“All right,” I said cheerfully, “let’s try another. Jesus: conservative or liberal?”
The class glared at me. They knew the question was nonsense. We talked then about how distant from one another we appeared, the crucial role language plays in perception, and how unlikely meaningful conversation would be within this linear construct.
Next we cleared chairs from the middle of the room (as was the case with Jesus, at times we have to move some furniture) and stood in a circle.
“Let’s talk now in terms of peripheral and central. If you believe the issue is peripheral to your Christianity, stay on the outside of the circle. If you see the issue as more central, take a step or more toward the center. Ready? Jewelry.”
Nobody budged. Everyone—“conservatives” and “liberals” alike—viewed jewelry as a peripheral issue. Yet under the conservative/liberal model, this fact was impossible to discern.
We moved through several words. Organized religion. Sabbath. Investigative judgment. State of the dead. People stepped back and forth, toward and away from t
he center. We discussed how some Adventist Fundamental Beliefs are more central to our personal faith, and how no list is worth much unless it is personally prioritized.7 Finally I uttered one word: “Jesus.”
Everyone moved to the center in a tight clot. We looked into each other’s eyes; recognized our common, priceless value; placed our arms around each other; and prayed.
It was a holy moment.
In the 1800s physicians at times prescribed arsenic to treat ailments. Likewise, in the case of believers who direct venomous labels toward anyone they believe is in error, the cure may be worse than the disease.
Christians can always afford to treat people—even those of opposing ideas—with dignity and respect. As Jesus commands: “Love your enemies, do good to those who hate you” (Luke 6:27). Paul instructs: “Do not repay anyone evil for evil, but take thought for what is noble in the sight of all” (Rom. 12:17).
Two of the most beautiful words in the English language are “what if.” What if conversations actually explored rather than exploded? What if we stopped using the labels “liberal” and “conservative” to demonize other believers? What if we began talking and listening much more in terms of central and peripheral?8 Maybe helpful sincere discussions would bloom on our church landscape like desert wildflowers after a deluge.
Jesus used central/peripheral language often. He counseled Martha, “There is need of only one thing. Mary has chosen the better part, which will not be taken away from her” (Luke 10:42). To the Pharisees He maintained, “something greater than the temple is here” (Matt. 12:6). To the common people He explained, “It is not what goes into the mouth that defiles a person, but it is what comes out of the mouth that defiles” (Matt. 15:11). To the Jews He stated, “You search the scriptures because you think that in them you have eternal life; and it is they that testify on my behalf” (John 5:39). Jesus was forever plunging to the taproot of the tree of life.
Revival and reformation cannot flourish under reviling and defamation. When we use vilifying language, we hurt not only ourselves—we hurt our God. We can revive the gracious practice of loving our “enemies.” We can reform our stereotyping perspectives. Conservative and liberal stickers will never appear on the new earth.
In Acts 2 the believers were “in one place.” Surely in that place they still held differences of opinion and variations of temperament, but these they put aside for the purposes of praying and working together. After baptism by Holy Spirit fire, God intentionally provided them with different languages so they could reach different people.
So it is today. Varying approaches will reach a wildly varying world. I’m thankful for fellow believers who speak a language in which I’m not fluent.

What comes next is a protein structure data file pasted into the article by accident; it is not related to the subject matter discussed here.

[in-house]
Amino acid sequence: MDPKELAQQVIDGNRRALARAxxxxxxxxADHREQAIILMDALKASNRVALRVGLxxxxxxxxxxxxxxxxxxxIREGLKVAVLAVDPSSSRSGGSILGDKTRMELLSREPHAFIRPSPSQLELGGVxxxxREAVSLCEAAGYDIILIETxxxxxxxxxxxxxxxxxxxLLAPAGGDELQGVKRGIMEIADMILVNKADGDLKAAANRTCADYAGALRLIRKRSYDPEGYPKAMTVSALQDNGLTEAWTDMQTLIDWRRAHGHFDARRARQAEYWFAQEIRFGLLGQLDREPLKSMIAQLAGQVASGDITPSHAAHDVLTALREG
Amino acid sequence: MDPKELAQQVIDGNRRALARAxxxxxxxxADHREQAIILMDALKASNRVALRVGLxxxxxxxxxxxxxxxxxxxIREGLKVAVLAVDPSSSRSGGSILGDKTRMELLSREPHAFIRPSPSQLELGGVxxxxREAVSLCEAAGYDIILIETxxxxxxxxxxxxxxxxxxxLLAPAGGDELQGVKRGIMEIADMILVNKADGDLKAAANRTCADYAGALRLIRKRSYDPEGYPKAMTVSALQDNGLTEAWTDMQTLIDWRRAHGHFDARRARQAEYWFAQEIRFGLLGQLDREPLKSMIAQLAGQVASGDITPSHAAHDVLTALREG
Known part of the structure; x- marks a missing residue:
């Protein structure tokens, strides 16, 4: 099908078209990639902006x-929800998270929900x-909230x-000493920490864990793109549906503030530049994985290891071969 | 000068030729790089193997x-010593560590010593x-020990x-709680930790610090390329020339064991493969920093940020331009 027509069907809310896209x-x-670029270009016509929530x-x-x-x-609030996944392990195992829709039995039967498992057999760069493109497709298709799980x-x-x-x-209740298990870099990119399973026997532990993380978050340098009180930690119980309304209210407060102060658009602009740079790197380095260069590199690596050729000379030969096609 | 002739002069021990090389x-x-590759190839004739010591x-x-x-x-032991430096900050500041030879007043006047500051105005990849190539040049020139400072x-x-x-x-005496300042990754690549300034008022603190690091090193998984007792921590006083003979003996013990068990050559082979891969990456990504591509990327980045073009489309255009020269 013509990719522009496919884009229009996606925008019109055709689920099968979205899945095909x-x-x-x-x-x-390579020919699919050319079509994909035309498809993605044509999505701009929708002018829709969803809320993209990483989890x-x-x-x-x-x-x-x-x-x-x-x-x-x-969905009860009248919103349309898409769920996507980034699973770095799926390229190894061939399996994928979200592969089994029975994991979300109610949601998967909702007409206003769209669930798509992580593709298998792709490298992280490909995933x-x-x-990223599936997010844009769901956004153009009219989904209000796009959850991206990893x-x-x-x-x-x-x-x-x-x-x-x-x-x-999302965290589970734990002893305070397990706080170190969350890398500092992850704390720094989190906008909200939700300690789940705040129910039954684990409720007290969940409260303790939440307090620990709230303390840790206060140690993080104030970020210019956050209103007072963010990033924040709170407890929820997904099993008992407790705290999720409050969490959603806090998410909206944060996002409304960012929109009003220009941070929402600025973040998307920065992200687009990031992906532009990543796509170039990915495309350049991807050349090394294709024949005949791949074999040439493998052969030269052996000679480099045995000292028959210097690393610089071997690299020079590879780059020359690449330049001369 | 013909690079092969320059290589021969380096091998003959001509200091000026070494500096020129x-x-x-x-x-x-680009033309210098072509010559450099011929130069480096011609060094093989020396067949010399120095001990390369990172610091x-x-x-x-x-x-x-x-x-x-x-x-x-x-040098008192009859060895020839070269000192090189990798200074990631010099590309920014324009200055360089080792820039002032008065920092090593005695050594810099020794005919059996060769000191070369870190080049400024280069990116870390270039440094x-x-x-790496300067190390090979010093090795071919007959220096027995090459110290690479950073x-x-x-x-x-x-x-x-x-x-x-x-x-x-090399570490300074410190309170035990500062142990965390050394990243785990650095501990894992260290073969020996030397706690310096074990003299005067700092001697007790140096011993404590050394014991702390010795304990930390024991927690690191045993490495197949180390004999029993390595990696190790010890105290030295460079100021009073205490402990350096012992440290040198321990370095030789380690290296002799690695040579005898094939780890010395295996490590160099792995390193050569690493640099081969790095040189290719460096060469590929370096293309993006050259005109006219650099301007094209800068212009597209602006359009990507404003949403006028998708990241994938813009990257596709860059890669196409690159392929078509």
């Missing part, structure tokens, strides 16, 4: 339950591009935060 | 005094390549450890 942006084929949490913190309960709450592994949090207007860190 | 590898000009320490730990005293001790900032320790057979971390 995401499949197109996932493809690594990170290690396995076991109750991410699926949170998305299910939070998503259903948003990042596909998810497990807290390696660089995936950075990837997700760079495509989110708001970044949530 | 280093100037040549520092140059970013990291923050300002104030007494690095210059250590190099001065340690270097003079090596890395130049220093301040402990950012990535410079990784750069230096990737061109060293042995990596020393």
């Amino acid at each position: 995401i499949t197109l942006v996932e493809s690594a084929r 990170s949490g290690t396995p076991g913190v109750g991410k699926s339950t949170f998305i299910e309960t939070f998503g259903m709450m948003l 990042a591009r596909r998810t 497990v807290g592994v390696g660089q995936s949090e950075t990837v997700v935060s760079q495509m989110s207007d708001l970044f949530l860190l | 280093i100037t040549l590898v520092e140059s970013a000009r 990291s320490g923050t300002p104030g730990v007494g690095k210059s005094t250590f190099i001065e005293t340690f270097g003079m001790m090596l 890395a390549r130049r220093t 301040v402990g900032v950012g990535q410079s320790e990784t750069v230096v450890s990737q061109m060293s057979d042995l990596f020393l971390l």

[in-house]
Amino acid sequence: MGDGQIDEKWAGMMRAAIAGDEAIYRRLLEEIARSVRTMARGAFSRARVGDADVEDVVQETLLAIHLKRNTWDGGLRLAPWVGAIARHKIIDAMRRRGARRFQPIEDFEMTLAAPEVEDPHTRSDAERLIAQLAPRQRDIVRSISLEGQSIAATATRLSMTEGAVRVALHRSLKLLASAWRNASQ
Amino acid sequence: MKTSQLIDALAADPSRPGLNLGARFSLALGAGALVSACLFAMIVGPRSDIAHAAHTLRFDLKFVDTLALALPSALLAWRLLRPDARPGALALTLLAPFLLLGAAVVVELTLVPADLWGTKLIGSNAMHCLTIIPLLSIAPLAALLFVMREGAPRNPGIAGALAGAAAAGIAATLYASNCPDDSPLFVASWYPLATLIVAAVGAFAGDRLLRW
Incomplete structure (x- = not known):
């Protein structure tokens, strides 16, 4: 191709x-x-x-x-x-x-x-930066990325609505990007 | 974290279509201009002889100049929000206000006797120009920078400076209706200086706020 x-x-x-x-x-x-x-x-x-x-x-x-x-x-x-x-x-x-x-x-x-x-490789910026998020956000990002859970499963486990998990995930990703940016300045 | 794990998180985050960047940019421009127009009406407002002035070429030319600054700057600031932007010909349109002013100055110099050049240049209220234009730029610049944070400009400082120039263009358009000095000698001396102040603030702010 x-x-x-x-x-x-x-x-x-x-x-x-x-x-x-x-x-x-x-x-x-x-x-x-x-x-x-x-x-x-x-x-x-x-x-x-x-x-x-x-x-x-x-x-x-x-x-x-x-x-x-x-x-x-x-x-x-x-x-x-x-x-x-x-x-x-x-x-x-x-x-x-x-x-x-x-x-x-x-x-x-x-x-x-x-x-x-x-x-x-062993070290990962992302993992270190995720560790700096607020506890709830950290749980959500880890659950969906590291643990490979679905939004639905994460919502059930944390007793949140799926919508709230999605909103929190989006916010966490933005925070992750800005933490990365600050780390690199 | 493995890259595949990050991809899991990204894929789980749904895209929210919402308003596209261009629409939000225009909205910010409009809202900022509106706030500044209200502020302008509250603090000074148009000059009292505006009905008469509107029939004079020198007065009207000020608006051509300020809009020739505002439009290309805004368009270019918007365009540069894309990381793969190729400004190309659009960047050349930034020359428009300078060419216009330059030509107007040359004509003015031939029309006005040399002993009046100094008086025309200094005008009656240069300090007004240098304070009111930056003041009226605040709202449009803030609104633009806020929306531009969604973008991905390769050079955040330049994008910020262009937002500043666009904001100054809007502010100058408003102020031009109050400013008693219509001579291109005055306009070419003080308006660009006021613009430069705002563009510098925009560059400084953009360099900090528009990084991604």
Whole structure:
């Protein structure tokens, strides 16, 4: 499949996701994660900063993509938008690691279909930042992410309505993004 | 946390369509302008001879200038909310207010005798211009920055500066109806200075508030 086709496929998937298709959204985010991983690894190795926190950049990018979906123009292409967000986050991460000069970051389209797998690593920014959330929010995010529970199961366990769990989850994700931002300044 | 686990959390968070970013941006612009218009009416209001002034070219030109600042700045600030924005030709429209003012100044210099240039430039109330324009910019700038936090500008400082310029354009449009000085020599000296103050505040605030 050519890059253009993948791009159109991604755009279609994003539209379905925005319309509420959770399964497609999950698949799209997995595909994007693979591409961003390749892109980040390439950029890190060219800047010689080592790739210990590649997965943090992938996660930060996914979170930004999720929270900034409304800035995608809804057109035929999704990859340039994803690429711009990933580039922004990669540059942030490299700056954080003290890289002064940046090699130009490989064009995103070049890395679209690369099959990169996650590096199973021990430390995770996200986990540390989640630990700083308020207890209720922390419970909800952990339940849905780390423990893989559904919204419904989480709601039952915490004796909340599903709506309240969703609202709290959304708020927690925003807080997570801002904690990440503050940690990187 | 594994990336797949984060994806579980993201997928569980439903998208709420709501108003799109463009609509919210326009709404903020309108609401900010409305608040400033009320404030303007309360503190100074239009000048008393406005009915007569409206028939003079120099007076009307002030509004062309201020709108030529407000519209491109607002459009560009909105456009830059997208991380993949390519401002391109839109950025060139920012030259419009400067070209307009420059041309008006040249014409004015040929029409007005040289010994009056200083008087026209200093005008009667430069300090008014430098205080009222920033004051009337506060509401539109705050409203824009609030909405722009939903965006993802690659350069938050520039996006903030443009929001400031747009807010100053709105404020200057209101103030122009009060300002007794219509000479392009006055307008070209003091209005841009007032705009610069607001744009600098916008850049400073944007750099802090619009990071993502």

Revival and reformation cannot flourish under reviling and defamation.
Part of any revival-and-reformation climate includes a utilitarian outlook on our doctrines, similar to how we view the fundamentals of mathematics. We don’t walk about merely reciting the multiplication tables to people (“You know, seven times seven is 49. Four times eight is 32 . . .”). Instead, we employ multiplication tables in real-life situations to make sense of the world, to shed redemptive light on problems, to bring a just balance to inequities. Optimal use is found not in parroting fundamentals but in applying them. “For the kingdom of God depends not on talk but on power” (1 Cor. 4:20).
In the same way, the sublime power of the gospel appears in its demonstration. Ellen White observed that “Christianity is always intensely practical.”9 A true reformation in our midst will involve how we regard one another. We may occasionally slip into sloppy generalizing, but we must repent and change our ways. We must change our language. We must change, that is, if we are to be followers of Christ.
When I was in the hospital after a bad bicycle spill resulted in a broken femur, the night following surgery I lay in whimpering agony. Thrashing in my bed amid beeping monitors, I felt as if the night would never end. Around 4:30 a.m. a nurse entered my room. Quiet and careful, she followed the prescribed routines of her profession.
All at once, unbidden, my left hand rose high in the air. It was a distress signal, a silent cry from a person drowning in pain. The nurse reacted swiftly. She walked to my side, slid down my sleeve, and briskly rubbed my forearm with both hands.
I shall never forget the comfort her action brought. That touch was healing balm to my soul. It said, You are not alone. We are here with you. Morning is just ahead.
I never saw her again. It didn’t matter in the least whether my nurse was conservative or liberal. In my darkest moment she came to my aid, and I was grateful. She reminded me of the church I love:
Adventists who are conservative radicals with liberal applications.
Adventists who have tasted of grace and the freedom of discipline.
Adventists who refuse to allow superficial, meaningless labels to splinter us and continue grieving our God.
Adventists for whom One remains central and not peripheral—this same Jesus who loves us all.